- The Washington Times - Monday, October 6, 2003

For federal workers in agencies that need to reshuffle, rebalance or reduce their work force, the next three months are buyout/early-out prime time.

Congress streamlined buyout procedures last year, and agencies are just beginning to use the program that offers cash inducements for workers who retire early or leave the work force.

The Environmental Protection Agency plans to use the new-style buyouts (authorized in the law setting up the Department of Homeland Security) from now to early January. It will use the surgical approach, limiting buyouts to selected jobs and grade levels. With rare exceptions, employees must be off the payroll by early January at the latest.

Congress has given power to approve buyouts to the Office of Personnel Management. Previously, agency heads had to go to Capitol Hill hat-in-hand, begging to be allowed to pay selected workers up to $25,000 to depart.

Republicans were glad to go along with the Clinton downsizing plan, but the procedure was cumbersome and costly. Now agencies can get quick approval and no longer have to pay the equivalent of a big chunk of the employees’ salary into the pension fund, and they don’t lose a slot for each buyout taker.

Look for parts of other departments to offer buyouts in the next few weeks. Hint: The U.S. Postal Service, the largest federal agency, will not be one of them.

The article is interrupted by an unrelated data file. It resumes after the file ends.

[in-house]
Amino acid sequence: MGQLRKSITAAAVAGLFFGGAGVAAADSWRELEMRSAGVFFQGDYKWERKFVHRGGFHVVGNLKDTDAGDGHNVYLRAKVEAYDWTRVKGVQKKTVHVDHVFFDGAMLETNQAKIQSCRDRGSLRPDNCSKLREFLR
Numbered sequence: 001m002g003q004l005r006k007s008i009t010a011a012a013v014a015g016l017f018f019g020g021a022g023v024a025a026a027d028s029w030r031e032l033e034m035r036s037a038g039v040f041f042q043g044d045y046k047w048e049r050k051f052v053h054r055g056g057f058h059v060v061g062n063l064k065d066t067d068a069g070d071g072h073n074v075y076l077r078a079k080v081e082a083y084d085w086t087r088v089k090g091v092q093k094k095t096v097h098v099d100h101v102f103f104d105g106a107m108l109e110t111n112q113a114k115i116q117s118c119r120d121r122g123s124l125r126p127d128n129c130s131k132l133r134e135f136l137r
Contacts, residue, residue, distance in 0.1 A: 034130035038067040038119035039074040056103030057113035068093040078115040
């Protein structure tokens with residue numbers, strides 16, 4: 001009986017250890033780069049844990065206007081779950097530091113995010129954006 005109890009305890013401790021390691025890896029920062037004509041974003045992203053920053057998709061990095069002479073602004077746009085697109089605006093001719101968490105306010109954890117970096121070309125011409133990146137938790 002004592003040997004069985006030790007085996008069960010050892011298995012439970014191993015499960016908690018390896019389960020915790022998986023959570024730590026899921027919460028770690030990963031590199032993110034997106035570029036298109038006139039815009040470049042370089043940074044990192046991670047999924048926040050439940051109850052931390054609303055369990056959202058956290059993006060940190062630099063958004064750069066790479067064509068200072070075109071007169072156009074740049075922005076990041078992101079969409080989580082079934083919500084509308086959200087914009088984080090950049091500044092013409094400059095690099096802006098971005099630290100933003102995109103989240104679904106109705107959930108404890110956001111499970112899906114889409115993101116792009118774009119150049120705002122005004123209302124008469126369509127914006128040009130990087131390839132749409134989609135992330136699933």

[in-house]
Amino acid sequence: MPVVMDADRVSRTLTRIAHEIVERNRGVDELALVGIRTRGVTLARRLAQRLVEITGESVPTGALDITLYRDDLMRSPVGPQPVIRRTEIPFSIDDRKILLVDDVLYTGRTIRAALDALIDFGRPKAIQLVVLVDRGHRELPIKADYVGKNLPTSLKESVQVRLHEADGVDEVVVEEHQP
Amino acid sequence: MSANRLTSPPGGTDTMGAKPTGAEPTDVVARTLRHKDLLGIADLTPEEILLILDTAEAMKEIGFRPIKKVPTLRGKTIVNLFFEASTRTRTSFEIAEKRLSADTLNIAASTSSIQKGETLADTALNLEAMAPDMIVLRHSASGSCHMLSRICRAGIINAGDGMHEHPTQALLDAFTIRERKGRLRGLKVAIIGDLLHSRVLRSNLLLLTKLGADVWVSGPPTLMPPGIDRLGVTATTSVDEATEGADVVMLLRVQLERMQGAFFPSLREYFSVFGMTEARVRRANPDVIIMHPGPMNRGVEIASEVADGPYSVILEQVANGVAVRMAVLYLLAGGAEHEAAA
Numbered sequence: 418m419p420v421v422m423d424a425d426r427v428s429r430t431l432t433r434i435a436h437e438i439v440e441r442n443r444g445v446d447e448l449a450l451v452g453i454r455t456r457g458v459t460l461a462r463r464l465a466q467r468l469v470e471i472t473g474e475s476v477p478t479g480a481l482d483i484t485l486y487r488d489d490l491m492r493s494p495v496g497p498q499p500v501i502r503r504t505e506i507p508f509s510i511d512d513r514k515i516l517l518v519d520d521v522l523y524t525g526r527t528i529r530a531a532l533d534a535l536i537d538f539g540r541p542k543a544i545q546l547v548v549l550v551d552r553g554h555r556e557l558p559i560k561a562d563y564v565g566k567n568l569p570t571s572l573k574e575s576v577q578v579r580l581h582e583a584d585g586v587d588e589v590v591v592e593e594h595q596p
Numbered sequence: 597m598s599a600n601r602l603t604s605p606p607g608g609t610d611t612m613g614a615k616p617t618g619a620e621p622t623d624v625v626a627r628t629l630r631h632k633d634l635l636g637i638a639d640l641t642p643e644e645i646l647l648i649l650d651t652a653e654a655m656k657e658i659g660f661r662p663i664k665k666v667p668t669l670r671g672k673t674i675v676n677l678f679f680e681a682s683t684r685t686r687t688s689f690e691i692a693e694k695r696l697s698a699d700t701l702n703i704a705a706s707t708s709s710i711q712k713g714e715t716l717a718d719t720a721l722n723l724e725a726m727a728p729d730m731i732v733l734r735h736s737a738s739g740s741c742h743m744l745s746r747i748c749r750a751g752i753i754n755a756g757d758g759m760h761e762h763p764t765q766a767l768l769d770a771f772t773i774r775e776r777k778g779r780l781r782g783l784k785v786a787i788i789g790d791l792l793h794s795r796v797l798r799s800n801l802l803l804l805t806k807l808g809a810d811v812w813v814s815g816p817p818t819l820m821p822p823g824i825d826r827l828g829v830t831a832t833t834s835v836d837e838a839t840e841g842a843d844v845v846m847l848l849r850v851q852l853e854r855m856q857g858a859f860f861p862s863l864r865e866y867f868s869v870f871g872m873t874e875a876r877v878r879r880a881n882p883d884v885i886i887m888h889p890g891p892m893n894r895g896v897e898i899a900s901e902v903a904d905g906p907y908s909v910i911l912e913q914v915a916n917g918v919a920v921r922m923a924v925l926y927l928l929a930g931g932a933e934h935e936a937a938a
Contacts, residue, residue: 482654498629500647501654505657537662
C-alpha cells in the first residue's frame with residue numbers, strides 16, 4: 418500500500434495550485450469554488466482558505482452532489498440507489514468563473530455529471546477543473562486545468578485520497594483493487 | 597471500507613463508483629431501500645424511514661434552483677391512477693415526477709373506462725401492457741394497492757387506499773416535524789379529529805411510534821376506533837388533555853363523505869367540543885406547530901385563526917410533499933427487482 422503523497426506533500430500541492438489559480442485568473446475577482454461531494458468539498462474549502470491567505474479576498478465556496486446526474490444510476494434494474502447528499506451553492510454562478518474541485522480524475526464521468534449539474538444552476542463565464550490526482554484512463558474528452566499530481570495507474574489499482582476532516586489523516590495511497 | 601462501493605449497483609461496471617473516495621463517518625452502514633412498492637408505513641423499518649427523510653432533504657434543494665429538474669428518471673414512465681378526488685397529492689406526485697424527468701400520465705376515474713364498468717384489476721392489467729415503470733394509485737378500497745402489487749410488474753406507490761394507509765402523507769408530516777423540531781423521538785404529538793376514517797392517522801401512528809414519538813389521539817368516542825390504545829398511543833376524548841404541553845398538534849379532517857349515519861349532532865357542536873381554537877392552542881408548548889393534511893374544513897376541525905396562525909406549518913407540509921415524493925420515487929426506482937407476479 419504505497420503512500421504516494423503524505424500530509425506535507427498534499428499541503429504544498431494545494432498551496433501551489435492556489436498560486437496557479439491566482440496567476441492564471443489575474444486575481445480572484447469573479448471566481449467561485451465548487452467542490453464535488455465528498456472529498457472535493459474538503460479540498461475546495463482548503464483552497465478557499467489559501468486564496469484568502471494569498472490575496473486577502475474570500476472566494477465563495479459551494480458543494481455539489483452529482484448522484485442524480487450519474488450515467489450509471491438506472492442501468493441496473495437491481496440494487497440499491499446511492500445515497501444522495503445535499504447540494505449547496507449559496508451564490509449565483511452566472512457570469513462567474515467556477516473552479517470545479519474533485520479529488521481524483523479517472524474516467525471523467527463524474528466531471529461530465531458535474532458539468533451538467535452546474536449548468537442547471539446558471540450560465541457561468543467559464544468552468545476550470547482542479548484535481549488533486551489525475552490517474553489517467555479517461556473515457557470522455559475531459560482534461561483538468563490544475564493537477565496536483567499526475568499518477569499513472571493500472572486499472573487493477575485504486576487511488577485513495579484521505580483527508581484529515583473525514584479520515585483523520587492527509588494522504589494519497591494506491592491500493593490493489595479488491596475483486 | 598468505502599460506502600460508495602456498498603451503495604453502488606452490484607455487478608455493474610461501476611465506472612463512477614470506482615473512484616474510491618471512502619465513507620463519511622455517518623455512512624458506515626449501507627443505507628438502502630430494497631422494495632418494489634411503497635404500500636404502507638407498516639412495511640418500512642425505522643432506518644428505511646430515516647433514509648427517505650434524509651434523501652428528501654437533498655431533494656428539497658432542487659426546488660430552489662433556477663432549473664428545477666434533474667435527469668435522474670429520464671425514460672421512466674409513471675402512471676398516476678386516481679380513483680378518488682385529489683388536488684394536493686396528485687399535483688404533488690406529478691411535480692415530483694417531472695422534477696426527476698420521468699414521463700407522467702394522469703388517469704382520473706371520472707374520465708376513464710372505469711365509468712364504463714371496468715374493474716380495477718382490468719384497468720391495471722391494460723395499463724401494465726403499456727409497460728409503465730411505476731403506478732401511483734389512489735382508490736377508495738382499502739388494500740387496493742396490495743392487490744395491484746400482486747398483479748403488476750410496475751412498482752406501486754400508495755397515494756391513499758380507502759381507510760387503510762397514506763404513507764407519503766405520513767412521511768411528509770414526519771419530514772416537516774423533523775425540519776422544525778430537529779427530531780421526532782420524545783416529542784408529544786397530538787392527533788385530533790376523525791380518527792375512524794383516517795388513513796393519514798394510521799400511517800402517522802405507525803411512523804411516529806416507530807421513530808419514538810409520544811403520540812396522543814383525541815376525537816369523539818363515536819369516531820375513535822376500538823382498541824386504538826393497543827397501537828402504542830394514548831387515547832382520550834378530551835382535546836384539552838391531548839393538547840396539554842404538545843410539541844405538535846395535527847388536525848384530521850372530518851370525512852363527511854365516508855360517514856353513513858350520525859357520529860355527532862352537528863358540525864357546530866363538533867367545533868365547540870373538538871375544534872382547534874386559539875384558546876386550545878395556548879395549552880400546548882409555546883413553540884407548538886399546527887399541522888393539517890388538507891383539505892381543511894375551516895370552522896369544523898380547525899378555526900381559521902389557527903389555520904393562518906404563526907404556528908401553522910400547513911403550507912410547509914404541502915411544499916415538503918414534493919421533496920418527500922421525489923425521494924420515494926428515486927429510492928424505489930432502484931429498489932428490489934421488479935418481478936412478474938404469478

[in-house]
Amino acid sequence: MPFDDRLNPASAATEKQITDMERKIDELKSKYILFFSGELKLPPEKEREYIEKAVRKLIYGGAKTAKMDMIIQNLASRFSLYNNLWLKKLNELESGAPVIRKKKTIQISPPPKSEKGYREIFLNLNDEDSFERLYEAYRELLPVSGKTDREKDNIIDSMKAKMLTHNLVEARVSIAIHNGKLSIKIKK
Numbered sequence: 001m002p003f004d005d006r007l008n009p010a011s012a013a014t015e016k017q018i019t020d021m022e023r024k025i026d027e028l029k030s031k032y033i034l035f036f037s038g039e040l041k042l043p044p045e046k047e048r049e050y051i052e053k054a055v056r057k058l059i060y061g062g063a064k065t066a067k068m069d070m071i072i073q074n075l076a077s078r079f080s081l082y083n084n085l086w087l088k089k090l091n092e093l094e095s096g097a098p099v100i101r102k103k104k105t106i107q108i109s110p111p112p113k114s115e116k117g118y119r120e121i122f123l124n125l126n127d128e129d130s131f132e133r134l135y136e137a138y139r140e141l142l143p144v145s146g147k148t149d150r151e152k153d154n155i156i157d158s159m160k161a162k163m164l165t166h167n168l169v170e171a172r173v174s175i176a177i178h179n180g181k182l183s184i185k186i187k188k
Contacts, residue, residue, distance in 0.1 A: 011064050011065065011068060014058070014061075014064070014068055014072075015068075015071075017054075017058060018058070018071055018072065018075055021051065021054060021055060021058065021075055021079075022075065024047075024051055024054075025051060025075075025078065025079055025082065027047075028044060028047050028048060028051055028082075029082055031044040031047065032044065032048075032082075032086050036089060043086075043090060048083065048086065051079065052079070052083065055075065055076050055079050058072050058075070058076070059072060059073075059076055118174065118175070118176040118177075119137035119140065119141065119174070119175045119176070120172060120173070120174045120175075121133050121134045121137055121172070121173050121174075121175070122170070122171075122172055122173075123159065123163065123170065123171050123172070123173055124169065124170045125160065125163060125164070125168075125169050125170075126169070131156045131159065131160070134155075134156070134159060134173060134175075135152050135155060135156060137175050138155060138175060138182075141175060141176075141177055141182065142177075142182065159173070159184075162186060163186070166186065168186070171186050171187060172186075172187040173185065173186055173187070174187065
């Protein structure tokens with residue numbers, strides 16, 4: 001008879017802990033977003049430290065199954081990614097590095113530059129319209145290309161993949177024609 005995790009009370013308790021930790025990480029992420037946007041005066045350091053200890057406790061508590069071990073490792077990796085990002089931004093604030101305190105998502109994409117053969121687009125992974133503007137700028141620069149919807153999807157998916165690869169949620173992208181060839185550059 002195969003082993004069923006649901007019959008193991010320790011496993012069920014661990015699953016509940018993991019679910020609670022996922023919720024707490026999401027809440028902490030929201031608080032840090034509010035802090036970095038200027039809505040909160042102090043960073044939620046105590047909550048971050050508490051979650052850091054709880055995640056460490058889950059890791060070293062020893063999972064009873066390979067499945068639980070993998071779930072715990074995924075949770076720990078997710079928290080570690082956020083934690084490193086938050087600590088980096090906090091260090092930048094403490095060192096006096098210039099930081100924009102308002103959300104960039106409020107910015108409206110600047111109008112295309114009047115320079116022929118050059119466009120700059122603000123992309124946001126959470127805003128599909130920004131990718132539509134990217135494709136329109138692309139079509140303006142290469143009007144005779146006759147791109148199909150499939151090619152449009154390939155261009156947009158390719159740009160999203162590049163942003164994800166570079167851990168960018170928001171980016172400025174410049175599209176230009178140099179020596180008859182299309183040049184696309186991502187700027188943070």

Health insurance correction

I dropped a very important word in last week’s item about federal health insurance eligibility. Many readers understood the correct meaning, but some were puzzled. The bottom line is that federal workers and retirees CANNOT be refused coverage by a plan in the Federal Employee Health Benefits Program because of age, health or any pre-existing medical condition.

You can be about to give birth, or ready to die, and the health plan you choose must take you and cover you. That, plus the fact that the FEHBP covers retirees and spouses (most private health plans don’t cover retirees) makes it the best staff health program in America.

The open season when feds and retirees can pick their year 2004 health plan runs from Nov. 10 to Dec. 8.

Anytime open season

Another great feature of the federal health program is that it permits a special anytime-you-need-it open season for feds and retirees who have a change in marital status (you can switch immediately from self only to family, or the reverse), family status or — if you are in a local HMO — geographic location. If you belong to an HMO and move to another state, you can switch to a participating HMO in your new locality or to a fee-for-service plan that covers you anywhere.

Snowbirds, retirees who decide to live different places at different times of the year, should not have HMO coverage and can take advantage of the anytime-you-need-it open season feature.

Life insurance

Premiums for the Federal Employees Group Life Insurance program (FEGLI) are going up slightly for older feds in January. This is the second of three price increases being phased in for those 70 and older. Once the premium increases occur, the government will have a FEGLI open season to give people a chance to change coverage.

Mike Causey, senior editor at FederalNewsRadio.com, can be reached at 202/895-5132 or mcausey@federalnewsradio.com.

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